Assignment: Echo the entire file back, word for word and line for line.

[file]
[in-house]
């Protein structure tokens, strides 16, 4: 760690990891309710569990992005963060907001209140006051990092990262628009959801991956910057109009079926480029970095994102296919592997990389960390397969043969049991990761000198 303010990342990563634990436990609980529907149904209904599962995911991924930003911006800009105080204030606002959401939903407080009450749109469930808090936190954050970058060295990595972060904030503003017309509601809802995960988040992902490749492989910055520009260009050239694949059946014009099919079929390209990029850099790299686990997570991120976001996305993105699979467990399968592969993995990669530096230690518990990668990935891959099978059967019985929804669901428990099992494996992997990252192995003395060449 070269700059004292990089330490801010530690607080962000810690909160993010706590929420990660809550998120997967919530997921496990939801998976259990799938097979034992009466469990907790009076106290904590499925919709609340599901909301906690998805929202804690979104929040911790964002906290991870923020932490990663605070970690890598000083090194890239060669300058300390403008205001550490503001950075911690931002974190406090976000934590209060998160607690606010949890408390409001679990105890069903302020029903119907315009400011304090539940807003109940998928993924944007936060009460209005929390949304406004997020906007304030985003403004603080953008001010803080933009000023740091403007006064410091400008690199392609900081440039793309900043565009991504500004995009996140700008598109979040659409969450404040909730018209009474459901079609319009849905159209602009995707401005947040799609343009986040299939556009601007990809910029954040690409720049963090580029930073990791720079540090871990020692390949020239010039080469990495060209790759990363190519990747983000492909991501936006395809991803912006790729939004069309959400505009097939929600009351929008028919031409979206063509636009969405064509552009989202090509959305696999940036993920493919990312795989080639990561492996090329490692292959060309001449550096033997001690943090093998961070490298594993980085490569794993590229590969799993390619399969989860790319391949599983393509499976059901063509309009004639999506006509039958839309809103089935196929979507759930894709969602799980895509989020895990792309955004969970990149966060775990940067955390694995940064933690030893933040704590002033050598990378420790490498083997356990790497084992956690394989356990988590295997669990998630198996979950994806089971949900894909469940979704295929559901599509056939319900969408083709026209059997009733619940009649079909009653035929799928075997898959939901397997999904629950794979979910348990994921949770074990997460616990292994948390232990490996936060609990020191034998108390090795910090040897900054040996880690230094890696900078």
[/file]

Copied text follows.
[in-house]
């Protein structure tokens, strides 16, 4: 760690990891309710569990992005963060907001209140006051990092990262628009959801991956910057109009079926480029970095994102296919592997990389960390397969043969049991990761000198 303010990342990563634990436990609980529907149904209904599962995911991924930003911006800009105080204030606002959401939903407080009450749109469930808090936190954050970058060295990595972060904030503003017309509601809802995960988040992902490749492989910055520009260009050239694949059946014009099919079929390209990029850099790299686990997570991120976001996305993105699979467990399968592969993995990669530096230690518990990668990935891959099978059967019985929804669901428990099992494996992997990252192995003395060449 070269700059004292990089330490801010530690607080962000810690909160993010706590929420990660809550998120997967919530997921496990939801998976259990799938097979034992009466469990907790009076106290904590499925919709609340599901909301906690998805929202804690979104929040911790964002906290991870923020932490990663605070970690890598000083090194890239060669300058300390403008205001550490503001950075911690931002974190406090976000934590209060998160607690606010949890408390409001679990105890069903302020029903119907315009400011304090539940807003109940998928993924944007936060009460209005929390949304406004997020906007304030985003403004603080953008001010803080933009000023740091403007006064410091400008690199392609900081440039793309900043565009991504500004995009996140700008598109979040659409969450404040909730018209009474459901079609319009849905159209602009995707401005947040799609343009986040299939556009601007990809910029954040690409720049963090580029930073990791720079540090871990020692390949020239010039080469990495060209790759990363190519990747983000492909991501936006395809991803912006790729939004069309959400505009097939929600009351929008028919031409979206063509636009969405064509552009989202090509959305696999940036993920493919990312795989080639990561492996090329490692292959060309001449550096033997001690943090093998961070490298594993980085490569794993590229590969799993390619399969989860790319391949599983393509499976059901063509309009004639999506006509039958839309809103089935196929979507759930894709969602799980895509989020895990792309955004969970990149966060775990940067955390694995940064933690030893933040704590002033050598990378420790490498083997356990790497084992956690394989356990988590295997669990998630198996979950994806089971949900894909469940979704295929559901599509056939319900969408083709026209059997009733619940009649079909009653035929799928075997898959939901397997999904629950794979979910348990994921949770074990997460616990292994948390232990490996936060609990020191034998108390090795910090040897900054040996880690230094890696900078």